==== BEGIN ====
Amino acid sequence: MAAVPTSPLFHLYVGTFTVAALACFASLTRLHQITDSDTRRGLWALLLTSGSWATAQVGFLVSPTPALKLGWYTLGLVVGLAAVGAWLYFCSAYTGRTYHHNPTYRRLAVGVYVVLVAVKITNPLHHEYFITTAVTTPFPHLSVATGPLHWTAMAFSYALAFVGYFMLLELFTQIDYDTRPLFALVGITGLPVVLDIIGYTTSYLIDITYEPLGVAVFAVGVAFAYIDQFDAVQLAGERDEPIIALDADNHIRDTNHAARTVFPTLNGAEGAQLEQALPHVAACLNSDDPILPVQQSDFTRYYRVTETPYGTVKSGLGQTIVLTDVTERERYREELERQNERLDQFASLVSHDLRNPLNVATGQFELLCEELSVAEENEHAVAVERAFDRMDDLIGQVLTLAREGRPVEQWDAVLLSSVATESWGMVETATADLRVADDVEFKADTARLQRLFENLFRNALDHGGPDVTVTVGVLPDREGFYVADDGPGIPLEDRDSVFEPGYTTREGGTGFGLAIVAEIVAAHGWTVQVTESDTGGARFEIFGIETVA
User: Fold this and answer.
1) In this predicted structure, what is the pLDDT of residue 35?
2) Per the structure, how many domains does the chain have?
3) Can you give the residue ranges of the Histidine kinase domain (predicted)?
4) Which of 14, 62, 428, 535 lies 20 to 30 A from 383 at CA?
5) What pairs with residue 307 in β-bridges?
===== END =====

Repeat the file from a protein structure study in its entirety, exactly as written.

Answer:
Amino acid sequence: MAAVPTSPLFHLYVGTFTVAALACFASLTRLHQITDSDTRRGLWALLLTSGSWATAQVGFLVSPTPALKLGWYTLGLVVGLAAVGAWLYFCSAYTGRTYHHNPTYRRLAVGVYVVLVAVKITNPLHHEYFITTAVTTPFPHLSVATGPLHWTAMAFSYALAFVGYFMLLELFTQIDYDTRPLFALVGITGLPVVLDIIGYTTSYLIDITYEPLGVAVFAVGVAFAYIDQFDAVQLAGERDEPIIALDADNHIRDTNHAARTVFPTLNGAEGAQLEQALPHVAACLNSDDPILPVQQSDFTRYYRVTETPYGTVKSGLGQTIVLTDVTERERYREELERQNERLDQFASLVSHDLRNPLNVATGQFELLCEELSVAEENEHAVAVERAFDRMDDLIGQVLTLAREGRPVEQWDAVLLSSVATESWGMVETATADLRVADDVEFKADTARLQRLFENLFRNALDHGGPDVTVTVGVLPDREGFYVADDGPGIPLEDRDSVFEPGYTTREGGTGFGLAIVAEIVAAHGWTVQVTESDTGGARFEIFGIETVA
User: Fold this and answer.
1) In this predicted structure, what is the pLDDT of residue 35?
2) Per the structure, how many domains does the chain have?
3) Can you give the residue ranges of the Histidine kinase domain (predicted)?
4) Which of 14, 62, 428, 535 lies 20 to 30 A from 383 at CA?
5) What pairs with residue 307 in β-bridges?